By Dave Sorter
Israel in 2012 looks very similar to Israel before the Six-Day War in 1967, with one big exception, according to Bret Stephens, deputy editor of The Wall Street Journal, who spoke at the American Jewish Committee Dallas Chapter’s annual meeting last Thursday night.
Gary Eisenstat was installed as AJC president during the meeting, which took place at the Communities Foundation of Texas building in Dallas. Eisenstat succeeds Scott Miller, who handed over the gavel after two years as president.
Stephens, who writes the WSJ’s Global View column, said the United States is a key supporter of Israel.
“There’s no state in the region better deserving of the support of someone who describes one’s self as liberal,” said Stephens, who implied several times during his talk that he has conservative views. “There are no gay rights in Palestine…There are no women’s rights in Saudi Arabia…Journalists are being jailed in Turkey.
“You hear people like (MSNBC commentator) Pat Buchanan that say why do we send our troops to die in the service of the Likud Party. Not a single U.S. soldier died in the defense of Israel. Americans died in defense of Bosnia, a Muslim country; in Kosovo; in Kuwait, which would have been Iraq’s 17th province if we hadn’t been there.”
But, he said, he couldn’t say the same thing about U.S. support of Israel in May 1967.
“We had a U.S. president (Lyndon B. Johnson) who said he was the best friend Israel ever had,” Stephens said. “He sent the prime minister of Israel a letter warning Israel not to be the one who began hostilities.”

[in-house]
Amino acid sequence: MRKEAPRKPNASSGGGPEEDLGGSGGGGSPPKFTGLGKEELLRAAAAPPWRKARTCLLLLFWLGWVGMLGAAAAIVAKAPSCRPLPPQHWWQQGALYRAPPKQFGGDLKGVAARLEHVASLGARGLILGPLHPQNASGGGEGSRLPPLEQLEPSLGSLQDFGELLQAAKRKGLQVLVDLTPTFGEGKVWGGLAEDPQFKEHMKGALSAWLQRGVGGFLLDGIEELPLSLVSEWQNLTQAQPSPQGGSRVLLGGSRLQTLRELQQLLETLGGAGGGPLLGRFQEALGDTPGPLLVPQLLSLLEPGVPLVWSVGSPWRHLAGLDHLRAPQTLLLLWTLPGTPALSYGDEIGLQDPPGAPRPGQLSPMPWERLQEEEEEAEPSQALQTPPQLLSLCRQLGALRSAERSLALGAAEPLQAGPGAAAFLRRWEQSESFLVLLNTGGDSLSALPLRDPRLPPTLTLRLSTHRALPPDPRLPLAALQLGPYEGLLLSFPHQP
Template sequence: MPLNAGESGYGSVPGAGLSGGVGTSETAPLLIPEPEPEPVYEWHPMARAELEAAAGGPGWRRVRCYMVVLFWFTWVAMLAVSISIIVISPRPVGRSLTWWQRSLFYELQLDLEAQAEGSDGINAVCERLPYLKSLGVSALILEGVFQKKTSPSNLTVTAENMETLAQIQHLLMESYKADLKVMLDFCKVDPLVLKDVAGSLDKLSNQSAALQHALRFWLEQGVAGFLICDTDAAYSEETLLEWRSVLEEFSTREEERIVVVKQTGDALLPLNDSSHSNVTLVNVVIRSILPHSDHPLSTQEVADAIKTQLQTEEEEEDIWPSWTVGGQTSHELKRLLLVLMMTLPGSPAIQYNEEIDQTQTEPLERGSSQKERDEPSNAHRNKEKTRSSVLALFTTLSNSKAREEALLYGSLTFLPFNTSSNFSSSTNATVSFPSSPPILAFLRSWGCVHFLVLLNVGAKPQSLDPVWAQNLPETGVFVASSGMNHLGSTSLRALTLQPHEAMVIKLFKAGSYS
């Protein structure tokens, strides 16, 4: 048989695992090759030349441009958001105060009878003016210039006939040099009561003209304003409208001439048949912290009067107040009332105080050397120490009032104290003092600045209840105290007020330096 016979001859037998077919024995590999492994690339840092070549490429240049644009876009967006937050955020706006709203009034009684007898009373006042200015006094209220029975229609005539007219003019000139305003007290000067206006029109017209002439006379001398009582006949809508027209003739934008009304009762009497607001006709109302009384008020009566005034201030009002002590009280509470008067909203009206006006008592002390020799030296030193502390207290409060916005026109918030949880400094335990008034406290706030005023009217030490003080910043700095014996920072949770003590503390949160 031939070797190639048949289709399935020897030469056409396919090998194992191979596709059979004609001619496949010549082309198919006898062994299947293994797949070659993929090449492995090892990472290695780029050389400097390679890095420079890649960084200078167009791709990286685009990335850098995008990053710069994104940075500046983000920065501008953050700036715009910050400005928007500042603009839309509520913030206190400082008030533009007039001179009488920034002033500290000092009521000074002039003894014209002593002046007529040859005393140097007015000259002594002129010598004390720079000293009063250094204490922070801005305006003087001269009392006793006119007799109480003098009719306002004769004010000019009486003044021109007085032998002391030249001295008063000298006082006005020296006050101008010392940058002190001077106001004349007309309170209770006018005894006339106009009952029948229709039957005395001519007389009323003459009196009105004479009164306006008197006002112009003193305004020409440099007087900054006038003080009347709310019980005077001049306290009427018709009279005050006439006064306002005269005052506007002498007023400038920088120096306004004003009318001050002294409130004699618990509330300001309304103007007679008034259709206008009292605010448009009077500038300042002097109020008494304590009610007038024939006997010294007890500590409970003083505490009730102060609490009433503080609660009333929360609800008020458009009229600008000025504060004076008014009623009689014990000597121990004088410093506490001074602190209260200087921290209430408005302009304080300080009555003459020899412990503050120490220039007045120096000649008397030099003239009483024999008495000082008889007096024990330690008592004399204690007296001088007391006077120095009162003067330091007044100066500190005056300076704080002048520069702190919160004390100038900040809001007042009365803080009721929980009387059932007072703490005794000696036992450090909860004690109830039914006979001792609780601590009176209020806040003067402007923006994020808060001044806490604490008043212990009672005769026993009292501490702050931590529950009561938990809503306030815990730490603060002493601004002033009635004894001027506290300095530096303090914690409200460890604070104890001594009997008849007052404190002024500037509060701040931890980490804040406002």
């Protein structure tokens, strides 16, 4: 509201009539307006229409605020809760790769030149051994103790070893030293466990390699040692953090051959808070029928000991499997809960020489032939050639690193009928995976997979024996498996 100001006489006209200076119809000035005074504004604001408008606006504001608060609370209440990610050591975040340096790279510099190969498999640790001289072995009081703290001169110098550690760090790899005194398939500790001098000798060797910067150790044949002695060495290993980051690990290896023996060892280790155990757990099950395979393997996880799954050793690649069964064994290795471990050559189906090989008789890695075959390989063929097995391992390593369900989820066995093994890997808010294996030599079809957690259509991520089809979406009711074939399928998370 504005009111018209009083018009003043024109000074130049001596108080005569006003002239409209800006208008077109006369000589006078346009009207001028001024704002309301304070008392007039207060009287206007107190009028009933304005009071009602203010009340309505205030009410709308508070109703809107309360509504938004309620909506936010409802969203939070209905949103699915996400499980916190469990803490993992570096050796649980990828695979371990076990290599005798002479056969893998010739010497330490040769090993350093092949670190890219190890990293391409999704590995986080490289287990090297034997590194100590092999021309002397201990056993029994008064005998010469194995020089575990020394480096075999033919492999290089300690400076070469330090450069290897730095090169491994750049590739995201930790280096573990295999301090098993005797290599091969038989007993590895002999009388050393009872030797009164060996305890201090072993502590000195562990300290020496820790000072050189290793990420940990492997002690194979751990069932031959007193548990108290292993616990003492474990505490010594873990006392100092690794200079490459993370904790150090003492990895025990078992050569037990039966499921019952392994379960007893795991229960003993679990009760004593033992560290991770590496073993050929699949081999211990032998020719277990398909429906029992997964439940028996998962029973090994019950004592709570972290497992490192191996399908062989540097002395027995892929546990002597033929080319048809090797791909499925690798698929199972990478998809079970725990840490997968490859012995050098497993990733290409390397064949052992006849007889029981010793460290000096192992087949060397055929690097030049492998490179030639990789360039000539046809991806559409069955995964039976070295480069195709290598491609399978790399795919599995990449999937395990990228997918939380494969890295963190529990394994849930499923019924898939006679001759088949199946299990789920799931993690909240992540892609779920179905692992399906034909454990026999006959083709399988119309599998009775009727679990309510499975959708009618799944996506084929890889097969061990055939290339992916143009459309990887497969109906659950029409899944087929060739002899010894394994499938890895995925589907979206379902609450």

At that time, Stephens said, Egyptian President Gamal Nasser expelled all Israelis from the Sinai Peninsula and established a unilateral arms embargo on Israel. “Now is the time to undo the shame of 1948,” Stephens quoted Nasser as saying.
Today, Iran is “planning Israel’s destruction,” Stephens said. “Israel has asked for help, but the international community hasn’t responded.”
Stephens decried the results of meetings between the United States, other counties and Iran last Wednesday and Thursday, during which they simply decided to meet again in June in Moscow.
“What Iran wants is delay,” Stephens said. “When it comes to negotiation, it will continue to stall and delay until it can build a nuclear program. They’re going inch by inch, yard by yard.
“It leaves Israel in the same position as 1967. The international community isn’t doing anything, so Israel may decide again to act in its own interest.”
Stephens also mentioned threats such as the Islamist takeover of Tunisia and the possibility of the Muslim Brotherhood taking the Egyptian presidency.
“I call this an Islamist tidal wave,” he said. “This is a moment of unprecedented weakness in the west — not just the continued economic weakness in the United States, but also in Europe. Fifty percent of the world’s gross domestic product is on the verge of collapse.”
Before Stephens’ talk, Eisenstat began his presidency by complimenting his predecessor.
“Scott (Miller) laid such a great foundation,” he said. “We will continue our advocacy, especially in energy security and energy independence, and in terms of the Iranian weapons situation. We will advocate for a two-state solution that is directly negotiated, and we will continue our international perspectives series.
Miller will serve as immediate past president. Other officers are Ladd Hirsch, vice president of domestic affairs; Margot Lebenberg Carter and Ray Termini, co-vice presidents for international affairs; Doug Baer, vice president of leadership development; Seth Kaplan and Mimi Johnson, co-vice presidents of development; and Jolie Newman, vice president of communications.
New board members are Ken Bendalin, Bill Davidoff, Cynthia Feldman, Adam Lampert Leslie Lucks, Benton Middleman, Jon Morgan and Janice Sweet.
Returning board members are Sandy Donsky, Jeff Genecov, Joanna Greenstone, Lizzy Greif, Monte Hurst, Susan Kramer, Matthew Ladin, Randy Lieberman, Fraser Marcus, Michael Meyers, Bryan Rigg, Brett Stanley, Michael Weinman, Harriet Whiting and Harrison Yoss.